The high marks of the tide never show the power of its currents; in the same way, history’s events conceal its powerful trends. Some still ill defined, this year’s notable trends have been pushed aside for media pop-up events, each backtracked and endlessly filled in. Outside of that media box, three trends went unnoticed: the most obscure, the ephemera of wealth; the other two: the denial of race, the collapse of the state.
The ephemera of wealth helped in the rise in terrorism and unorganized domestic forms of spree and mass killings. Terrorists with rental cars, US citizens with good salaries, youth with $600 guns, Atlantic travel and paid apartments; stateless groups taking in daily millions, are micro and macro signs that wealth has indirectly supported a permissive environment expanded through rhetoric, law, and force–creating a milieu that draws in killers under cover of a cause.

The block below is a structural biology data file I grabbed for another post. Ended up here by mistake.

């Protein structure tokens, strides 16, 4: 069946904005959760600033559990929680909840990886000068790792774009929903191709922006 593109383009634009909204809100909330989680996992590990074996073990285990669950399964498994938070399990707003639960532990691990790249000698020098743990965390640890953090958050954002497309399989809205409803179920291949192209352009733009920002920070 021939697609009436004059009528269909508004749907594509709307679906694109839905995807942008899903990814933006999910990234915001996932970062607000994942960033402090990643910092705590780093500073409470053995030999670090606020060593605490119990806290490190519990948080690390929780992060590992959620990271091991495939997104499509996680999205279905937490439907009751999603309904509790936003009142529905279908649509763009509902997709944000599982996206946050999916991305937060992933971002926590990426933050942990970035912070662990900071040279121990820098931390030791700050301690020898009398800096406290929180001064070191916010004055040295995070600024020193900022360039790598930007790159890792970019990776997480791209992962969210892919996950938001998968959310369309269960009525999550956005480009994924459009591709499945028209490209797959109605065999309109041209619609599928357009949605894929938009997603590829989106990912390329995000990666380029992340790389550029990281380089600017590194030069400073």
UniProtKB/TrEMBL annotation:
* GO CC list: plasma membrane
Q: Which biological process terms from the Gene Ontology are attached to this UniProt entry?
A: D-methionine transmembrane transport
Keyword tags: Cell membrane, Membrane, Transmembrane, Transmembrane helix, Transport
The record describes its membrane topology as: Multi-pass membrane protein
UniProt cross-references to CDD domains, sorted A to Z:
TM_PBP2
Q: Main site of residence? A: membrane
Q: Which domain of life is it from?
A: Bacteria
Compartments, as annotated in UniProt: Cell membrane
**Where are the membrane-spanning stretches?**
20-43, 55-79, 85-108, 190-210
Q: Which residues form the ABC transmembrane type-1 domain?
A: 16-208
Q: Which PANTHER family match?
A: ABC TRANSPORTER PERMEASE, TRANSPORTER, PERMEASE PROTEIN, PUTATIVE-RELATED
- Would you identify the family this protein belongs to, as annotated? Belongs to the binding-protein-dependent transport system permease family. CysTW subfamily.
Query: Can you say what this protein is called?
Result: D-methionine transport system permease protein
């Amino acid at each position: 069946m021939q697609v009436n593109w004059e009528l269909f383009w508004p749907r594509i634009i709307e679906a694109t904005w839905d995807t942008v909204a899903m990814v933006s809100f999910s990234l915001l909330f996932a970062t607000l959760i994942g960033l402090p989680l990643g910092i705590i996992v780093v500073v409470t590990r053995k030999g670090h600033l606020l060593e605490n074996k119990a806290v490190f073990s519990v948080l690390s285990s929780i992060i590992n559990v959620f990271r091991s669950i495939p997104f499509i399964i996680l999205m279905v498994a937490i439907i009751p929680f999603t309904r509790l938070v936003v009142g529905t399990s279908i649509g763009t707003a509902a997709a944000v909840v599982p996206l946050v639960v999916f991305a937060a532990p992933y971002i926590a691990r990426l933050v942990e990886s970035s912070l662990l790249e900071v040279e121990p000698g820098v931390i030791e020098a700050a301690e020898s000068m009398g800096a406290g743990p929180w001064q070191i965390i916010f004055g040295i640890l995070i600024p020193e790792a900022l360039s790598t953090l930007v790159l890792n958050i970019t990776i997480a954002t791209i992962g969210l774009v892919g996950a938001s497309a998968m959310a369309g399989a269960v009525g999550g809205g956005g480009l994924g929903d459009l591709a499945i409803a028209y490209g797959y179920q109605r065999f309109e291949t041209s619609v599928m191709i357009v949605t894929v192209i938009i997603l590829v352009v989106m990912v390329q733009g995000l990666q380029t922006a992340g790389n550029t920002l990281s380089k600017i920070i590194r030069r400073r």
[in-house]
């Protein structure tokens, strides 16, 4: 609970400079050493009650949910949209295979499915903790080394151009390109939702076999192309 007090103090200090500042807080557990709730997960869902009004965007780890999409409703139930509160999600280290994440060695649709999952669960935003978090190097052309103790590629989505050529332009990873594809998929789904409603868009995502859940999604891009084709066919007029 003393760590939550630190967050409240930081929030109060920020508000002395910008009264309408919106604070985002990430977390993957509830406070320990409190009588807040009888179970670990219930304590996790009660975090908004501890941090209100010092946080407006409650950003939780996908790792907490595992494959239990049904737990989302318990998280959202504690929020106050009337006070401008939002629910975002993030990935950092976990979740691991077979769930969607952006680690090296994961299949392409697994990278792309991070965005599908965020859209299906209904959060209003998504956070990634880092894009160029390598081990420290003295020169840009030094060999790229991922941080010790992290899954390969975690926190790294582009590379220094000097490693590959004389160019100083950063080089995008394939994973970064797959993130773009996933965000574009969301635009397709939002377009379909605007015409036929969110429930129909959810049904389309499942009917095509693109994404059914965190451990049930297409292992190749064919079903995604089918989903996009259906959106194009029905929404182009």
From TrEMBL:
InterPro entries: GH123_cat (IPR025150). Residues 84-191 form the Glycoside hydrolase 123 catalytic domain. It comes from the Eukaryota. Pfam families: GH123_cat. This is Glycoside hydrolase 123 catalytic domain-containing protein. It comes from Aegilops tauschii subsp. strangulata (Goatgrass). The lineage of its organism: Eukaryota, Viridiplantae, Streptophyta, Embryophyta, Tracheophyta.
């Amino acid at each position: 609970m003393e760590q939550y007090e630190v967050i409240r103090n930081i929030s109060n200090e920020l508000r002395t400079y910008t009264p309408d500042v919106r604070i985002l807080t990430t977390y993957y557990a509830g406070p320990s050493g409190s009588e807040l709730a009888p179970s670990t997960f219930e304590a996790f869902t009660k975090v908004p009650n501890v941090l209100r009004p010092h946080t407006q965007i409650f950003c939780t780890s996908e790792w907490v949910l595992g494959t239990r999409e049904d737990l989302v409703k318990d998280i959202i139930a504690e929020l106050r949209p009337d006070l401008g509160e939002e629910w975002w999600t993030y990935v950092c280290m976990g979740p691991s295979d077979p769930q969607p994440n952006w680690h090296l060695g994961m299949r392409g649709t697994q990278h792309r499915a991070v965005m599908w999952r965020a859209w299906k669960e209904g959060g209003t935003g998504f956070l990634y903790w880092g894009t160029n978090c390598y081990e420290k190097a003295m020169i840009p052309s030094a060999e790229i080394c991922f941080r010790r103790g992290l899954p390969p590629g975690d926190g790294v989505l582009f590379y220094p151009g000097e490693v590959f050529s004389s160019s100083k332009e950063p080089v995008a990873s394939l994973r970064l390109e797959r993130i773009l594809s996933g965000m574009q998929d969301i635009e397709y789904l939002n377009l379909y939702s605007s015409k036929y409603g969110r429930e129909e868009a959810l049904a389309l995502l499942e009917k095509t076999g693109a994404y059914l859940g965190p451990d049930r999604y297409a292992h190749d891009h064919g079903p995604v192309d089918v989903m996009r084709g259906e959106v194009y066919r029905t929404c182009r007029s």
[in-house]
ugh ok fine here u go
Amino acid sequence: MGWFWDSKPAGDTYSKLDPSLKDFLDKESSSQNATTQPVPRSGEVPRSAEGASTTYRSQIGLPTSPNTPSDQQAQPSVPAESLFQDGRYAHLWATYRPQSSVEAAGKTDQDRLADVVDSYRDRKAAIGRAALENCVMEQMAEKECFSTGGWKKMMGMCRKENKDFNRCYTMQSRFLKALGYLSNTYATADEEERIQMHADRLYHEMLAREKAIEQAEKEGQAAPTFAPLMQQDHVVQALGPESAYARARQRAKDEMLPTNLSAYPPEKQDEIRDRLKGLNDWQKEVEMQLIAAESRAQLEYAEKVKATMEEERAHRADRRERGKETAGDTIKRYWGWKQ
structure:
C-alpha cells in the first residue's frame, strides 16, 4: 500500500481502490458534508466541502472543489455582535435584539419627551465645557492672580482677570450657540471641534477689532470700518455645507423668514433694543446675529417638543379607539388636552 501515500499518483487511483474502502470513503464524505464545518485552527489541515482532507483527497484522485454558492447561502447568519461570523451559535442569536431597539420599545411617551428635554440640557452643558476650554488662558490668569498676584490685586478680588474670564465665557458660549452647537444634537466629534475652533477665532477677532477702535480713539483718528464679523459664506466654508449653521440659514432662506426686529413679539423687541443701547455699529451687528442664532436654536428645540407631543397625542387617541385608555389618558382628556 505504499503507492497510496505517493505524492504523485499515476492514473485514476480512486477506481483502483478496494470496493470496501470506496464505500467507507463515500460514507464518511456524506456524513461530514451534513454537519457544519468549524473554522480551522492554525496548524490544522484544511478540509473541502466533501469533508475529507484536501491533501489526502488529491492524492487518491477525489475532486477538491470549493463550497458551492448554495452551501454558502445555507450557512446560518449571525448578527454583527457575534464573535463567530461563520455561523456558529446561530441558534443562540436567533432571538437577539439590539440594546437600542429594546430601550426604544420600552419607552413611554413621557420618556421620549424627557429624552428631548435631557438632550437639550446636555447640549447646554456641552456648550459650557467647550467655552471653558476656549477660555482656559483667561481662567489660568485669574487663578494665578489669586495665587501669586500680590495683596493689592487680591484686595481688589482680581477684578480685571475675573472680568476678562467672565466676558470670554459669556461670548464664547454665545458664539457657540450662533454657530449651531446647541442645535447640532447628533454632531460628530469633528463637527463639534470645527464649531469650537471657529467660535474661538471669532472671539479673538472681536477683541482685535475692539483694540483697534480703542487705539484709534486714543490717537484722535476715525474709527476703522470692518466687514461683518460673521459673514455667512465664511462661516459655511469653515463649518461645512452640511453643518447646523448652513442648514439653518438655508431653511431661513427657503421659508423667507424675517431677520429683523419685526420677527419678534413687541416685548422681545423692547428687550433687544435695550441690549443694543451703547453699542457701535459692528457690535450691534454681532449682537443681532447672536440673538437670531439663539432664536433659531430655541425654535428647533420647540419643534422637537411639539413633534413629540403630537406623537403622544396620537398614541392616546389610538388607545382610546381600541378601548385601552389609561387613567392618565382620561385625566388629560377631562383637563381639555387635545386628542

Race is long denied, and its denial blocks progress. That progress is also blocked by blame that denies good works, affirming W.H. Auden, that: “the situation of our time surrounds us like a baffling crime.”
Wealth also undercuts the state. Putin’s tough talk shrouds a state in collapse (what Russian product do you buy?) except for energy and millionaires. Saudi money follows a back door conduit to terrorists. African rebels have invisible support for atrocities of rape and murder. America’s military bombs villages with bombs costing millions. Wealth swirls in the miasma of statelessness as individuals and groups kill.
Charles Blow, The Year’s Biggest Social Justice Stories – The New York Times http://nyti.ms/1TeYKmK
(Reply) Excellent! Next stage–reversing the trend, or finding an alternative model of governance.